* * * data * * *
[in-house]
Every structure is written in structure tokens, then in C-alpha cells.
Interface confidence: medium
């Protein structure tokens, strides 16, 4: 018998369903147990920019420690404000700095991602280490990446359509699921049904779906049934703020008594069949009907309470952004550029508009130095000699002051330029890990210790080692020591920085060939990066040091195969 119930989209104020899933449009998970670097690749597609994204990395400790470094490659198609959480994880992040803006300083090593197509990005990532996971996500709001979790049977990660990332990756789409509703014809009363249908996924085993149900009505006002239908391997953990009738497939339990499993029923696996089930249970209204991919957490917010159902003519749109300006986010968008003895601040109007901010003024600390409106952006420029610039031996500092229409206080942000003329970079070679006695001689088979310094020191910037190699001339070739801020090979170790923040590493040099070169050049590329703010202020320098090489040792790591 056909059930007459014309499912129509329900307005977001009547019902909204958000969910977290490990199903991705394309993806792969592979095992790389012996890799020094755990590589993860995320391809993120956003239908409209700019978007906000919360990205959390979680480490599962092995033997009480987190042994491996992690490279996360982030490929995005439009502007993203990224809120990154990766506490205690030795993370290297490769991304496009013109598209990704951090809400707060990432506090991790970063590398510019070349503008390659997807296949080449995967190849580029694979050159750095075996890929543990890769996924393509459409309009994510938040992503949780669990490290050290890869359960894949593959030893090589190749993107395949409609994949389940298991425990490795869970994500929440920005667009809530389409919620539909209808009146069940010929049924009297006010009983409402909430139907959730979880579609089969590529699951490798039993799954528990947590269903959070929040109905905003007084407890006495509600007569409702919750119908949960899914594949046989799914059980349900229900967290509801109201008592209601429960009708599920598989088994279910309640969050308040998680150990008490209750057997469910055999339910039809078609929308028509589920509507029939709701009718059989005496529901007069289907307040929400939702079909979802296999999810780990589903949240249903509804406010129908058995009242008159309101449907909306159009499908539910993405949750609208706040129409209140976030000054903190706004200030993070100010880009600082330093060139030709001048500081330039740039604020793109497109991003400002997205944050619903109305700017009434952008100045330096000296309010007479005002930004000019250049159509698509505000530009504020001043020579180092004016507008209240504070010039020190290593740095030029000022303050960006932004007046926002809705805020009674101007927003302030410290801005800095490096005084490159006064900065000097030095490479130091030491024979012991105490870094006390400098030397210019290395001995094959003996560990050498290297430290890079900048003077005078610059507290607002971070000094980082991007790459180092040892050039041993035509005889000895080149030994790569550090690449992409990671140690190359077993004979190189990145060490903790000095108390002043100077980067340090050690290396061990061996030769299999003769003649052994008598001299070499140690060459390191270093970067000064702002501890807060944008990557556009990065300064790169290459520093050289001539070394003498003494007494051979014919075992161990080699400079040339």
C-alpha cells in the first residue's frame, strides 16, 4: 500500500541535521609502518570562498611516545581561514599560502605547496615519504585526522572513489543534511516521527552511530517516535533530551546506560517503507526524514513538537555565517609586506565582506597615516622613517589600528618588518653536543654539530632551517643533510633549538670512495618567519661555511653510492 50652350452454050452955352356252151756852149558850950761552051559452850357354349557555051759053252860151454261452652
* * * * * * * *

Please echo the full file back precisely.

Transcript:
[in-house]
Every structure is written in structure tokens, then in C-alpha cells.
Interface confidence: medium
């Protein structure tokens, strides 16, 4: 018998369903147990920019420690404000700095991602280490990446359509699921049904779906049934703020008594069949009907309470952004550029508009130095000699002051330029890990210790080692020591920085060939990066040091195969 119930989209104020899933449009998970670097690749597609994204990395400790470094490659198609959480994880992040803006300083090593197509990005990532996971996500709001979790049977990660990332990756789409509703014809009363249908996924085993149900009505006002239908391997953990009738497939339990499993029923696996089930249970209204991919957490917010159902003519749109300006986010968008003895601040109007901010003024600390409106952006420029610039031996500092229409206080942000003329970079070679006695001689088979310094020191910037190699001339070739801020090979170790923040590493040099070169050049590329703010202020320098090489040792790591 056909059930007459014309499912129509329900307005977001009547019902909204958000969910977290490990199903991705394309993806792969592979095992790389012996890799020094755990590589993860995320391809993120956003239908409209700019978007906000919360990205959390979680480490599962092995033997009480987190042994491996992690490279996360982030490929995005439009502007993203990224809120990154990766506490205690030795993370290297490769991304496009013109598209990704951090809400707060990432506090991790970063590398510019070349503008390659997807296949080449995967190849580029694979050159750095075996890929543990890769996924393509459409309009994510938040992503949780669990490290050290890869359960894949593959030893090589190749993107395949409609994949389940298991425990490795869970994500929440920005667009809530389409919620539909209808009146069940010929049924009297006010009983409402909430139907959730979880579609089969590529699951490798039993799954528990947590269903959070929040109905905003007084407890006495509600007569409702919750119908949960899914594949046989799914059980349900229900967290509801109201008592209601429960009708599920598989088994279910309640969050308040998680150990008490209750057997469910055999339910039809078609929308028509589920509507029939709701009718059989005496529901007069289907307040929400939702079909979802296999999810780990589903949240249903509804406010129908058995009242008159309101449907909306159009499908539910993405949750609208706040129409209140976030000054903190706004200030993070100010880009600082330093060139030709001048500081330039740039604020793109497109991003400002997205944050619903109305700017009434952008100045330096000296309010007479005002930004000019250049159509698509505000530009504020001043020579180092004016507008209240504070010039020190290593740095030029000022303050960006932004007046926002809705805020009674101007927003302030410290801005800095490096005084490159006064900065000097030095490479130091030491024979012991105490870094006390400098030397210019290395001995094959003996560990050498290297430290890079900048003077005078610059507290607002971070000094980082991007790459180092040892050039041993035509005889000895080149030994790569550090690449992409990671140690190359077993004979190189990145060490903790000095108390002043100077980067340090050690290396061990061996030769299999003769003649052994008598001299070499140690060459390191270093970067000064702002501890807060944008990557556009990065300064790169290459520093050289001539070394003498003494007494051979014919075992161990080699400079040339």
C-alpha cells in the first residue's frame, strides 16, 4: 500500500541535521609502518570562498611516545581561514599560502605547496615519504585526522572513489543534511516521527552511530517516535533530551546506560517503507526524514513538537555565517609586506565582506597615516622613517589600528618588518653536543654539530632551517643533510633549538670512495618567519661555511653510492 50652350452454050452955352356252151756852149558850950761552051559452850357354349557555051759053252860151454261452652